Magic Hour

Album Review of Magic Hour by Luscious Jackson.

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Magic Hour

Luscious Jackson

Magic Hour by Luscious Jackson

Release Date: Nov 5, 2013
Record label: !K7
Genre(s): Pop/Rock

70 Music Critic Score
How the Music Critic Score works

Magic Hour - Fairly Good, Based on 7 Critics

Record Collector - 80
Based on rating 4/5

Formed out of New York’s downtown clamour, Luscious Jackson became a flagship act on their friends Beastie Boys’ Grand Royal label after 1992’s In Search Of Manny EP blueprinted their contagious blend of pulsing street grooves, stinging choruses and punky attitude. Singer-bassist Jill Cunniff, singer-guitarist Gabby Glaser, keyboardist Vivian Trimble and drummer Kate Schellenbach (who’d played with the Beasties in their pre-1984 hardcore days) released three albums and 10 singles, scoring a top hit with 1997’s Naked Eye before splitting in 2000 to enjoy family life. In 2011, the group reunited (minus Vivian) to record their first music since 1999’s Electric Honey.

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AllMusic - 80
Based on rating 8/10

Like so many '90s alt-rock acts, Luscious Jackson faded away once the year Y2K came into view. Once the calendar turned over into the new millennium, Jill Cunniff, Gabby Glaser, and Kate Schellenbach all pursued different paths, but when 2011 rolled around, the band broached a reunion, raising funds on Pledgemusic in 2012 and releasing a new, partially crowd-funded album, Magic Hour, in 2013. The lower budget can't help but bring to mind the group's lo-fi beginnings and, in places, Magic Hour does recall the noir funk of 1992's In Search of Manny, the group's exceptional debut EP.

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Filter - 79
Based on rating 79%%

Now, they’re back with the awesome Magic Hour, brimming with the funky street beats that they made their signature sound and teasing, saucy vocals with instantly familiar melodies. The overall affect is to transport us back to that pre-9/11 decade when “alternative music” really was an apt descriptor. Thankfully, it’s OK to give in to a bit of nostalgia on occasion.

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Rolling Stone - 60
Based on rating 3/5

Luscious Jackson were to New York freestyle dance pop what their cohorts the Beastie Boys were to hip-hop: a sly subculture riff that delivered the goods with a wink. On this tight, 10-song reunion (minus singer-keyboardist Vivian Trimble), vocals still waver charmingly off-key, grooves still conjure a Nineties Lower East Side rent party. "You are my male J.Lo/Your jeans fit nice/ What's your price? .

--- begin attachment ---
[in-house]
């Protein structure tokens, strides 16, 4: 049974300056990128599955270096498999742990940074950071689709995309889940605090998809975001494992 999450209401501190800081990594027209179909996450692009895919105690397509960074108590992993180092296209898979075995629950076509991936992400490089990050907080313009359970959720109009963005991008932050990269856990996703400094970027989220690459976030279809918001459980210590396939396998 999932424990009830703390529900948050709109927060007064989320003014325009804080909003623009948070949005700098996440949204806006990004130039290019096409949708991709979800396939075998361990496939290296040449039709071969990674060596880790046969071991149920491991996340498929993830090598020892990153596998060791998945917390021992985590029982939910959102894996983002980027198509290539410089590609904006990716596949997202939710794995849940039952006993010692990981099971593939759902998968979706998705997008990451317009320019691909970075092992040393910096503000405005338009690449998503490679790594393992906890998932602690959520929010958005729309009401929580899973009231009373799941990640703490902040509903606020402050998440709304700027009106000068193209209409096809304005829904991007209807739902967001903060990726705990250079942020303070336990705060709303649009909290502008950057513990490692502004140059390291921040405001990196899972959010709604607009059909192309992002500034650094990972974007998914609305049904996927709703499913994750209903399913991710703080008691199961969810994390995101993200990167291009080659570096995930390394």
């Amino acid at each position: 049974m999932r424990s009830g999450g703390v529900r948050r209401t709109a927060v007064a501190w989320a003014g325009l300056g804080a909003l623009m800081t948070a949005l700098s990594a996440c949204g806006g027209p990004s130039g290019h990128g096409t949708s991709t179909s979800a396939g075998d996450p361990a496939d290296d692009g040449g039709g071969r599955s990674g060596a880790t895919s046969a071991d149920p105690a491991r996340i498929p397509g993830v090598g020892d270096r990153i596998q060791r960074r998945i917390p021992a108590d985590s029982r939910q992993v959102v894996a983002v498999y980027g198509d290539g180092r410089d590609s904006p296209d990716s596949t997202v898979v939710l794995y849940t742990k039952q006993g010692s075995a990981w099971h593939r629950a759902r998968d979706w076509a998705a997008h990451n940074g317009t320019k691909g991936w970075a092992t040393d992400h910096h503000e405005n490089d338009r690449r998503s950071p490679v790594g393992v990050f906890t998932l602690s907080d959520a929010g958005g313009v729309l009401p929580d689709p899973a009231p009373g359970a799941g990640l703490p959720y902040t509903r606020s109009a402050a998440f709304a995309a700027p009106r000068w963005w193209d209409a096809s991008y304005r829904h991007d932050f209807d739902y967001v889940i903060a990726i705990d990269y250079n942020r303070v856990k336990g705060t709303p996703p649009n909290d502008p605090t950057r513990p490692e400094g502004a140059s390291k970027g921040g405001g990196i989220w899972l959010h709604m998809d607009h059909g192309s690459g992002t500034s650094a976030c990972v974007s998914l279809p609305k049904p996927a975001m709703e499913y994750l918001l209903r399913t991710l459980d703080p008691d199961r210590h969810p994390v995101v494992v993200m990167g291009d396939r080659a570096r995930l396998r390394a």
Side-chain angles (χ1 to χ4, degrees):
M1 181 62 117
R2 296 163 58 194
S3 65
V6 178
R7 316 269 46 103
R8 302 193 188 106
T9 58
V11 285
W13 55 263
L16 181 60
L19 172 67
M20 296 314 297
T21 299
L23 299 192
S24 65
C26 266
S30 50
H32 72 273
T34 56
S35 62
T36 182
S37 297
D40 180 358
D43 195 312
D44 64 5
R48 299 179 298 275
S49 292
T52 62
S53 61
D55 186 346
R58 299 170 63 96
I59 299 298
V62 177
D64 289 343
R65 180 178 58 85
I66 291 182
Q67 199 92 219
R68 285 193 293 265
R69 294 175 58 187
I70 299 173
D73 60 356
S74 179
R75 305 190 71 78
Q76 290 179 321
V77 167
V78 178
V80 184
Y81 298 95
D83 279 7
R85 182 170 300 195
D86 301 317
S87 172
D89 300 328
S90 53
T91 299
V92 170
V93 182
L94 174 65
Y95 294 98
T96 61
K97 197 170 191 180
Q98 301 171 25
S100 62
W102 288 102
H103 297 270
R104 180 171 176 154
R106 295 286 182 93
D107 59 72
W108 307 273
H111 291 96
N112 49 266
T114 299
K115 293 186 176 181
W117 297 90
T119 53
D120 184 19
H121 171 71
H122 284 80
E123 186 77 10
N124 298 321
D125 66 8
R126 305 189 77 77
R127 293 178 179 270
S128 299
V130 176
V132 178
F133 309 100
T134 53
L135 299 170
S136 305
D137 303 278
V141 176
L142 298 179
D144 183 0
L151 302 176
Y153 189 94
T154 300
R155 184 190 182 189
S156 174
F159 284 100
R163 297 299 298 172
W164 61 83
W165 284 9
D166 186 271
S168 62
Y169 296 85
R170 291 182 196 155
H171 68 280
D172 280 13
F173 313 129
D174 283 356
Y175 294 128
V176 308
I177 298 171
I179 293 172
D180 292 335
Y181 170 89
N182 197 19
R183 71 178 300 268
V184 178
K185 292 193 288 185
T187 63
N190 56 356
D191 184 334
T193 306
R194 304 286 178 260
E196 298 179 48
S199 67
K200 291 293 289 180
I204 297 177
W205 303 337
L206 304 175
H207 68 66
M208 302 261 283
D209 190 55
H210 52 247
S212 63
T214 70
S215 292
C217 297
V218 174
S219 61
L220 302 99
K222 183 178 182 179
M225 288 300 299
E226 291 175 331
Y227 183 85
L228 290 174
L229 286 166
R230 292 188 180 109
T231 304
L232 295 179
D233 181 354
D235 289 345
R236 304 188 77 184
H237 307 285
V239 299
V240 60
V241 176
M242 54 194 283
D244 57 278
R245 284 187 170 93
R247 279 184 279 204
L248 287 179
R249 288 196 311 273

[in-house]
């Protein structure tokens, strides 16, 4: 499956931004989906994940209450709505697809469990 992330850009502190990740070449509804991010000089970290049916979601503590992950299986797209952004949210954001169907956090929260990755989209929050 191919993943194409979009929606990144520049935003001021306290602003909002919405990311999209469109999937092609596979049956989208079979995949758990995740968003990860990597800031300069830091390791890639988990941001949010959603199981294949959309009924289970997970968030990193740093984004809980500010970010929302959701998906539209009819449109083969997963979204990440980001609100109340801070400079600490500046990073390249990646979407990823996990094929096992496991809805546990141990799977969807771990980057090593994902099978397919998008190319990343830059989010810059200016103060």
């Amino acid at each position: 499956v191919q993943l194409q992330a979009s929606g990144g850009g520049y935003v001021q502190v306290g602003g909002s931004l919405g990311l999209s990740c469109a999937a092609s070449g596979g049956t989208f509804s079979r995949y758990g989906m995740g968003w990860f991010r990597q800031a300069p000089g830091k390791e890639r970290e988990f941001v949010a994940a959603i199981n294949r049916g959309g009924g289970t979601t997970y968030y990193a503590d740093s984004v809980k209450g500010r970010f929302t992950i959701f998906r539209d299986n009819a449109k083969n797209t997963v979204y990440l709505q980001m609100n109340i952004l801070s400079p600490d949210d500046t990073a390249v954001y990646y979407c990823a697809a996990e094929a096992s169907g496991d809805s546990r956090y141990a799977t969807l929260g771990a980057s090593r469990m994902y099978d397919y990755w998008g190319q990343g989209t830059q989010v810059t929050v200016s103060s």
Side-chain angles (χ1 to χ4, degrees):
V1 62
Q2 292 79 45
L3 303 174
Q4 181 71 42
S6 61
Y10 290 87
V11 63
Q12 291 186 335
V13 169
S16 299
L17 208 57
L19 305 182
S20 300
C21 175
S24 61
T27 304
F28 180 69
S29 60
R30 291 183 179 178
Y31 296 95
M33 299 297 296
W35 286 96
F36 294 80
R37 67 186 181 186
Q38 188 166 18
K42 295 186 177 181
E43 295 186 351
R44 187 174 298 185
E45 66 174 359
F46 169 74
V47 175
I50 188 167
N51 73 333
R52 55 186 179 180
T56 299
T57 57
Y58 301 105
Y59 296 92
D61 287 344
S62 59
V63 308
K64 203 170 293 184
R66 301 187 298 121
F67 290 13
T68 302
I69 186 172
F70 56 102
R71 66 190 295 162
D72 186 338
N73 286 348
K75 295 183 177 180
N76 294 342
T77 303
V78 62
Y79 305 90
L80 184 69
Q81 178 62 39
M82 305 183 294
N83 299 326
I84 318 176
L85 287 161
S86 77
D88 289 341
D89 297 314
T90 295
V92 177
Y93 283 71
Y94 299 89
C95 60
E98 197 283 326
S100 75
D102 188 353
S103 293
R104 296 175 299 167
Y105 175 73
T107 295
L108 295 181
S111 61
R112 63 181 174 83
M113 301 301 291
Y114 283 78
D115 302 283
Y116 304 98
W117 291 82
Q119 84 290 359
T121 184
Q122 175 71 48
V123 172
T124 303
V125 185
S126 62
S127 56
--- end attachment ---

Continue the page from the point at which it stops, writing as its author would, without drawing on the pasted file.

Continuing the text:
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PopMatters - 60
Based on rating 6/10

The success rate for post-reunion albums is so small that it’s no wonder that so many reformed bands pause before stepping foot in a studio. A reunion tour might be great for nostalgia (see the Pixies’ first reunion tour of the early ‘00s), but once a band gets behind the studio glass, they are doing nothing less than risking their legacy. Take Jane’s Addiction.

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Pitchfork - 56
Based on rating 5.6/10

It's been 14 years since the last Luscious Jackson album, and the world mostly hadn't been clamoring for a reunion. They had some terrific moments in the 90s—seek out 1993's deliciously murky In Search of Manny EP—but rarely shook off their reputation as a satellite of the Beastie Boys. (Grand Royal released all of their original records, and drummer Kate Schellenbach had been the Beasties' original drummer.) When the group lost keyboardist Vivian Trimble in 1998, then punched out after releasing the unspectacular Electric Honey, they seemed to have stuck around exactly long enough.

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Their review was positive

Given the ceaseless parade of ’90s reunions, Luscious Jackson‘s isn’t entirely shocking. One does wonder if the death of the trio’s good friend and demi-mentor, Beastie Boy Adam Yauch, got the ladies thinking about mortality, and do it while you can, etc. But from the peppy opener here, You And Me then right into #1 Bum, this comeback album from one of the late-90s most beloved and influential indie rock/hip-hop hybridders doesn’t wallow in greying melancholy.

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